Humans have lived without electricity for longer than we have had it in our lives. In fact, we survived the trials and tribulations of life just fine without the modern convenience of the electrical grid.
The problem is that so much of our lives are governed by our ability to access this resource that it can be more than a minor inconvenience when it fails.
Why Have A Blackout Survival Kit?
If we lived happy and fulfilled lives before the widespread adoption of electricity, why would we need to have a blackout survival kit? The answer is that the absence of electricity creates several problems for us that our ancestors had non-electrical solutions for.
Heating, cooling, refrigeration, lighting, and communications depend on electrical power; when the grid fails, we need to have some alternate means to accomplish these things.
Even though we can do just fine without a blackout survival kit, it makes sense to keep a collection of items set aside in a dedicated kit to help us when the power goes out.
What To Put In Your DIY Blackout Survival Kit
Your blackout survival kit should contain some key components that will return life to a sense of normalcy during a blackout. All of these should be in addition to our regular food, water, and other supplies.
Your considerations are going to be:
- Keeping warm/cool
- Keeping food cold
- Charging devices
Keeping warm/cool – We need power to run our furnaces and air-conditioning, and our blackout survival kit is not going to be able to have the ability to cool our home down.
Still, we can include blankets to warm ourselves up if the blackout happens in winter.
Keeping food cold – Aside from keeping our refrigerator and freezers closed when we do not need to get access to the food inside, we are going to need some other ways to keep our food from spoiling.
The best way to do this is to have a generator or solar battery bank ready to run our refrigerators and freezers. You can also have blankets or other insulating material to wrap fridges and freezers in to help keep them colder.
Lighting – One of the first things we reach for when the lights go out is a flashlight, and a blackout survival kit will need to have several flashlights, headlamps, and lanterns to keep your home lit during the blackout. My blackout kit has a headlamp and lantern for every family member.
Charging devices – At the minimum, you should have several battery banks ready to provide at least a couple of charges per device.
Ideally, a solar battery bank or solar generator is the best option because this can also be used for running a fridge or freezer.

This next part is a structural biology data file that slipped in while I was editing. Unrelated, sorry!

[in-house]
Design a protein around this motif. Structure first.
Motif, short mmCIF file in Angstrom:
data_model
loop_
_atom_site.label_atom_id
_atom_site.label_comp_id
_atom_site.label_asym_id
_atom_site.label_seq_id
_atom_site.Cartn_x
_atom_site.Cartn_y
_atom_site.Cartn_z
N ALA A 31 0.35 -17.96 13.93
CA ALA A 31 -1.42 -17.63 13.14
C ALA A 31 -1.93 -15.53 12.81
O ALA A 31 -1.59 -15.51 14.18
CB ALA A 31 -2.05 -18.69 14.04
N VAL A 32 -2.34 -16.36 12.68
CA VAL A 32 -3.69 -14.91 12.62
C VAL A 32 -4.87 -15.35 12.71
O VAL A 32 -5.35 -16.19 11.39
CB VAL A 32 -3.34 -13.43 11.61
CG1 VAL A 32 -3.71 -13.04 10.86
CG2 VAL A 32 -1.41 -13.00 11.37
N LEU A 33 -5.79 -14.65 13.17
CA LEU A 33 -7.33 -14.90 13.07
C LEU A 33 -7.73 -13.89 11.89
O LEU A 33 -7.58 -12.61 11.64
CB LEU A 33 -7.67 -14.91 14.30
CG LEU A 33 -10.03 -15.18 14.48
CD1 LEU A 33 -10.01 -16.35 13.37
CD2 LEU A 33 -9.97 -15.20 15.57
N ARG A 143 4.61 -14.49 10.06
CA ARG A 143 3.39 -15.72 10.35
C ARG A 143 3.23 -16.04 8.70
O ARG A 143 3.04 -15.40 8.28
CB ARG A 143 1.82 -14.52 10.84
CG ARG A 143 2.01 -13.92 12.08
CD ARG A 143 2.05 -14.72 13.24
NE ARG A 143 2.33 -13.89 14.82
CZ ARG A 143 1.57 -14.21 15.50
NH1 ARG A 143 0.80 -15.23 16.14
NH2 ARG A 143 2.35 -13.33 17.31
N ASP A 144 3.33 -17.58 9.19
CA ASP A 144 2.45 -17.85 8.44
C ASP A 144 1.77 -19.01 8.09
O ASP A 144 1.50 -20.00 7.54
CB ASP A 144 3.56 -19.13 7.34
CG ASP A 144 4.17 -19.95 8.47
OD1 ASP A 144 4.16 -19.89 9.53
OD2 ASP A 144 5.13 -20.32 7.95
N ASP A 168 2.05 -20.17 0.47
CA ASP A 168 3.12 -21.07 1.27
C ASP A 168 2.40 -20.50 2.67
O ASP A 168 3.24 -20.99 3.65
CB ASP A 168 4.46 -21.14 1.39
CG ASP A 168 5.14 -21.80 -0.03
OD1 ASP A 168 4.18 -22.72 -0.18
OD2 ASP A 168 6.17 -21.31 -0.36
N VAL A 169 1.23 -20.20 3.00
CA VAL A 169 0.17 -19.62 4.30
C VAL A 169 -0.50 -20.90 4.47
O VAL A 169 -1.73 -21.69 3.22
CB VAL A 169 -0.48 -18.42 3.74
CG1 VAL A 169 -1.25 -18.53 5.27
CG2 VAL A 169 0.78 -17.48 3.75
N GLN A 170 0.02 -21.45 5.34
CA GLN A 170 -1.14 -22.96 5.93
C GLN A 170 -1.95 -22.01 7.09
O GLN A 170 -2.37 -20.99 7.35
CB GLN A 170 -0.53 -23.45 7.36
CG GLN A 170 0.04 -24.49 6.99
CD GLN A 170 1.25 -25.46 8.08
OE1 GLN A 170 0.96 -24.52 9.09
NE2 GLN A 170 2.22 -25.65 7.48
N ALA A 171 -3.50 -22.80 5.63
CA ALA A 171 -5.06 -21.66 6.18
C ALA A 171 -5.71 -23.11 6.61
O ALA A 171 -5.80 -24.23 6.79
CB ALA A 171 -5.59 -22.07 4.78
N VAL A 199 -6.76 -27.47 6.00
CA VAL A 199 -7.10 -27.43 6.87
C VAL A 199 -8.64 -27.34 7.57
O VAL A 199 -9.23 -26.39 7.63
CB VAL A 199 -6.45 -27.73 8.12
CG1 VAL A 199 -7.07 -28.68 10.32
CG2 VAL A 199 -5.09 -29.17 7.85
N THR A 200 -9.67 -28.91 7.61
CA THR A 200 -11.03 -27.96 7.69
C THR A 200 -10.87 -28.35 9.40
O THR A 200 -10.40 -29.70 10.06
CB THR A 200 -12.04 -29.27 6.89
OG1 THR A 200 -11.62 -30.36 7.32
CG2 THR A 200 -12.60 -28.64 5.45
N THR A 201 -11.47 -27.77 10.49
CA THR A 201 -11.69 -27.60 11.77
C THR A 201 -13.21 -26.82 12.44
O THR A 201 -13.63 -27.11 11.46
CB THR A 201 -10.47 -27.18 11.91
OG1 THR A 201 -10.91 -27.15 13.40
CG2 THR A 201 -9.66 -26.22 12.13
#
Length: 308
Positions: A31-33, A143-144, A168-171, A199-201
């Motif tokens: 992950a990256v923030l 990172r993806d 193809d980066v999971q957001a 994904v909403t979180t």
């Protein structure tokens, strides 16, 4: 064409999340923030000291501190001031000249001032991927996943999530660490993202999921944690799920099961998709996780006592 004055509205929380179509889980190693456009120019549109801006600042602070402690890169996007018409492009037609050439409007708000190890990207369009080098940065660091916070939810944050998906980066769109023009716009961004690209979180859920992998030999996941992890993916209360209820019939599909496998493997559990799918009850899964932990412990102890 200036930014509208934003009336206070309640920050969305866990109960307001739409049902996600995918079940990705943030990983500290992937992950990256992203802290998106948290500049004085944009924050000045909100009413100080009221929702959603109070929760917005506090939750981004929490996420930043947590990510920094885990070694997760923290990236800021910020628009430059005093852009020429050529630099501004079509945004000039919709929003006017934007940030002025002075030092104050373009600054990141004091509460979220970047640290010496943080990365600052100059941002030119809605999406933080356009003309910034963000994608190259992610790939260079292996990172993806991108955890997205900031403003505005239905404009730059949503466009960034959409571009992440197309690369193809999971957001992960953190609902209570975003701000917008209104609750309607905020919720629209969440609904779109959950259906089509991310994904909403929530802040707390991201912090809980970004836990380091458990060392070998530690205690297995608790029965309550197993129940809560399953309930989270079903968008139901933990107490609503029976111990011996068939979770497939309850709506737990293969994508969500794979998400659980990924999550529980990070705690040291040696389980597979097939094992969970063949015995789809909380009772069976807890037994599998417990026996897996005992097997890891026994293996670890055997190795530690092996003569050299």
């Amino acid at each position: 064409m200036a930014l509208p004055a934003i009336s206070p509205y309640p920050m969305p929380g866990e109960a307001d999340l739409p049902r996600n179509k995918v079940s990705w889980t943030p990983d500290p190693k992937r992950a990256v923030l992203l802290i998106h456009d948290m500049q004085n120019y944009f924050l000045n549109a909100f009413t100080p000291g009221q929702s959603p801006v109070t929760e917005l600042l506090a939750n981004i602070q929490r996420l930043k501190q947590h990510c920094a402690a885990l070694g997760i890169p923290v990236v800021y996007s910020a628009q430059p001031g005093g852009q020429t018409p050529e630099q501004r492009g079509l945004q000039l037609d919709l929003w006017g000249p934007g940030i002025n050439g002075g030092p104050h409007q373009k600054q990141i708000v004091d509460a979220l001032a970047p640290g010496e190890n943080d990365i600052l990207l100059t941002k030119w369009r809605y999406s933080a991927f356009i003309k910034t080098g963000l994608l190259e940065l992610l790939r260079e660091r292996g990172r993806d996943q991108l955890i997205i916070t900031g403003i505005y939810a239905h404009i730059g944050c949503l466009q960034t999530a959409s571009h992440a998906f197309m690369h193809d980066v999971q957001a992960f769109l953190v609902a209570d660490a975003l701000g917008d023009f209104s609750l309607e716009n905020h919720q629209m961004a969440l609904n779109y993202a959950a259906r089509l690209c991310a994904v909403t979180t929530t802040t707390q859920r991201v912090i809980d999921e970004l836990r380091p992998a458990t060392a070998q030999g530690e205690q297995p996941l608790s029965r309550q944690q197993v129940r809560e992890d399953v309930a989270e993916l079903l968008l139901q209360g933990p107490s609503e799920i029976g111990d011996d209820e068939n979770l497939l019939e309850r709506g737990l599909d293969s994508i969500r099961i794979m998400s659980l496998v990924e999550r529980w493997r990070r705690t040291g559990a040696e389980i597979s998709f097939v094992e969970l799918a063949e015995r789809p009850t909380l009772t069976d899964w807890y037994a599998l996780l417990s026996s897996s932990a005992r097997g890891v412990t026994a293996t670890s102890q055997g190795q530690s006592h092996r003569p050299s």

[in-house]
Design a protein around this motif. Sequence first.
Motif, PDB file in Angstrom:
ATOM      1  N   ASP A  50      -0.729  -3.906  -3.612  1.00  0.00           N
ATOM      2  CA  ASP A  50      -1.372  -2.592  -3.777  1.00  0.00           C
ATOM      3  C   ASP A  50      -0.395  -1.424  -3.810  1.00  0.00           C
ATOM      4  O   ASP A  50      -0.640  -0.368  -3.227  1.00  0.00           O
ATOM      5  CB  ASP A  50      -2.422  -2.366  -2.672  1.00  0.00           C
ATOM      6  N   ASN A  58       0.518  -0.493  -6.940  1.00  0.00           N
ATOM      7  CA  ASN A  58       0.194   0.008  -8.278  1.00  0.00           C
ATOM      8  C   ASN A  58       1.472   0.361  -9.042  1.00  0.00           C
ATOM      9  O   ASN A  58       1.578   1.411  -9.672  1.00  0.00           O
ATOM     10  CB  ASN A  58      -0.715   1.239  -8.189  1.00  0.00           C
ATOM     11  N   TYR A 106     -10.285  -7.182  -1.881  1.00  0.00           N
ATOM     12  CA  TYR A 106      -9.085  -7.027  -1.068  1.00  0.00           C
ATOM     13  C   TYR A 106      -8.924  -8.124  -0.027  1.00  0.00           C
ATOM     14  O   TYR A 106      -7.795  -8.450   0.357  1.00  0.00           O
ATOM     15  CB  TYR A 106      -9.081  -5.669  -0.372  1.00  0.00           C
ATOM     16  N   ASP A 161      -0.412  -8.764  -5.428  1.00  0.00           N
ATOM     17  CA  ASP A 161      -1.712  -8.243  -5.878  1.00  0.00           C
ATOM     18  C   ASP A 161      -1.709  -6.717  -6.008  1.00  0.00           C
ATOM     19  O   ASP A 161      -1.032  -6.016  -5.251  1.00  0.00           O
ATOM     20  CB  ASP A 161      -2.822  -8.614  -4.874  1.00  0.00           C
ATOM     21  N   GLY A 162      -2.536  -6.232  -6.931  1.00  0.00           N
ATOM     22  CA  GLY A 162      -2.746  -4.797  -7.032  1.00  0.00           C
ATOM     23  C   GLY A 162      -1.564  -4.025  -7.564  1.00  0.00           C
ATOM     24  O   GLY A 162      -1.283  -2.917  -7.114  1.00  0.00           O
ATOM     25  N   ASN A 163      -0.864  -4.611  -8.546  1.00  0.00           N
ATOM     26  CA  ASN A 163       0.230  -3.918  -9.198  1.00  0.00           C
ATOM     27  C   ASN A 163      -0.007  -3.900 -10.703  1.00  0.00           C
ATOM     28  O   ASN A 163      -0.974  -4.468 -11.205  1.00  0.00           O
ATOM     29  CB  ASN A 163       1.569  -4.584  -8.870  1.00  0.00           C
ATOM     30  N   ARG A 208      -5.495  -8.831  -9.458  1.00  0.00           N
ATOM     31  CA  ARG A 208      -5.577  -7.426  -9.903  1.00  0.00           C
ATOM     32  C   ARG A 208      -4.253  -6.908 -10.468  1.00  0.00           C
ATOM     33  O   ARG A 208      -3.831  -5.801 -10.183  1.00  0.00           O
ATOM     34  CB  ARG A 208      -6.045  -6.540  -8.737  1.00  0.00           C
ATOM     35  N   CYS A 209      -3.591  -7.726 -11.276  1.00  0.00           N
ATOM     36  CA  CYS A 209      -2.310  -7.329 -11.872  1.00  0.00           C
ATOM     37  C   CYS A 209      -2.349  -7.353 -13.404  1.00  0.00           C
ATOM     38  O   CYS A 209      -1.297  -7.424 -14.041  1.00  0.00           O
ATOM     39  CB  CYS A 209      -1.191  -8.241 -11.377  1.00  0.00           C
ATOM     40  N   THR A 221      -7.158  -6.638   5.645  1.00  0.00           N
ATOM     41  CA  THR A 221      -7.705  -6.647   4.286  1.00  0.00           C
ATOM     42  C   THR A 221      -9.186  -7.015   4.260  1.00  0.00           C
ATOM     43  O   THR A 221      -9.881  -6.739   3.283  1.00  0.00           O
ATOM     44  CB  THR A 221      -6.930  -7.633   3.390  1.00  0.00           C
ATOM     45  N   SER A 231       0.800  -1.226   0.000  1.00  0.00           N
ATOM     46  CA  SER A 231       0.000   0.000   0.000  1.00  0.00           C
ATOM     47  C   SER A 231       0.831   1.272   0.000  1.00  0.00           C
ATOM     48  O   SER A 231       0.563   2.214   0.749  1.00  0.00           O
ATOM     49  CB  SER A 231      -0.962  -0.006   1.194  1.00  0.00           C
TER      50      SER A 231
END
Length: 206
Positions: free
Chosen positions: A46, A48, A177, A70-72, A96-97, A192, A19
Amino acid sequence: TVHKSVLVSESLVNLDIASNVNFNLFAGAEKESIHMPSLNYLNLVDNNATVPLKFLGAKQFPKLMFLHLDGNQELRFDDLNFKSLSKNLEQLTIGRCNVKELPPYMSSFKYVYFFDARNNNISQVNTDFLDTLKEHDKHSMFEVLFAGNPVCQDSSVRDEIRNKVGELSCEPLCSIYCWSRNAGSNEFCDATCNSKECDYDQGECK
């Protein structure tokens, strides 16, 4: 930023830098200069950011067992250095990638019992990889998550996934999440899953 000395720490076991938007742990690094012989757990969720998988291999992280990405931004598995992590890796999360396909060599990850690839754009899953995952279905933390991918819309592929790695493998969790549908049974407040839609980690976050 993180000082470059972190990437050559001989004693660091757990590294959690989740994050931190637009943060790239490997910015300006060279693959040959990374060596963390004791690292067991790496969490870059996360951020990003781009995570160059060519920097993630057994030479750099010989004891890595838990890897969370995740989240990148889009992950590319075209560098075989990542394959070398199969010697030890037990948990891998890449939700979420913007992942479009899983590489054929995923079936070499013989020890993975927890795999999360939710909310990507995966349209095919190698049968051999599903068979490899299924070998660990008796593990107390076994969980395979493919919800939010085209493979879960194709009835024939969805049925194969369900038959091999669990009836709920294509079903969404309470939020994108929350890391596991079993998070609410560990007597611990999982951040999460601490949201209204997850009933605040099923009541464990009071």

Communication – The failure of the power grid will also take down portions of the communications infrastructure.
You should have a battery-operated radio to get updates from the local radio stations, but you should also have a corded phone that you can plug into the wall and does not require any batteries or power. Amateur radios are also good to have on hand if you are appropriately licensed.
Cooking – A lack of power should not drive us to rip open our MREs. A blackout survival kit should have a camp stove, manual can opener, and plenty of fuel.
An Example of a Blackout Kit List
Each family will be different and have unique ideas of how their blackout survival kits should look. The list here is based on what I like to have on hand in case of a blackout.
For Each Family Member
- Spare Batteries
- Battery-operated radio
In The Main Blackout Survival Kit
- Extra lanterns and headlamps
- Spare batteries
- Ham radios
- Shortwave battery operated or hand crank radio
- Corded Telephone
- Camp stove and fuel
- Manual can opener
- Solar generator, solar battery bank with panels, or gas generator
- Battery banks for mobile phones and other devices
How To Store A Blackout Survival Kit
This style of kit is not a grab-and-go kit that must be kept in a bag we can grab in a hurry. Storing the kit’s contents in a cabinet or closet is an excellent way to keep the contents organized and contained. You can also spread the contents over several locations around the home to make things easier and more organized.
It can be a good idea to give each family member an individual kit to keep in their bedrooms with a flashlight, lantern, headlamp, spare batteries, and some blankets.
This way, everyone in the home will know exactly where to go to get their individual kits, and if the blackout happens in the dead of night, they will be able to get their light source squared away without having to go to another area of the house in the dark to find the blackout kit.
One important thing to note is that you should not store any battery-operated device with the batteries inside. If batteries are left inside of a device, there is a risk that the contacts will become corroded, or the batteries could leak.
Keep a set of batteries for each device taped to the side so that they are easily accessed in the dark. I like to place a flashlight that takes only one battery in each kit which is easy to load the battery into when the lights are off. Then I can use this light to install the batteries in the remaining devices.
A blackout is rarely a life-threatening SHTF situation, but that does not mean we should not be better prepared for a blackout. Even if a power outage lasts only a night or two, a blackout survival kit will make life easier without electricity.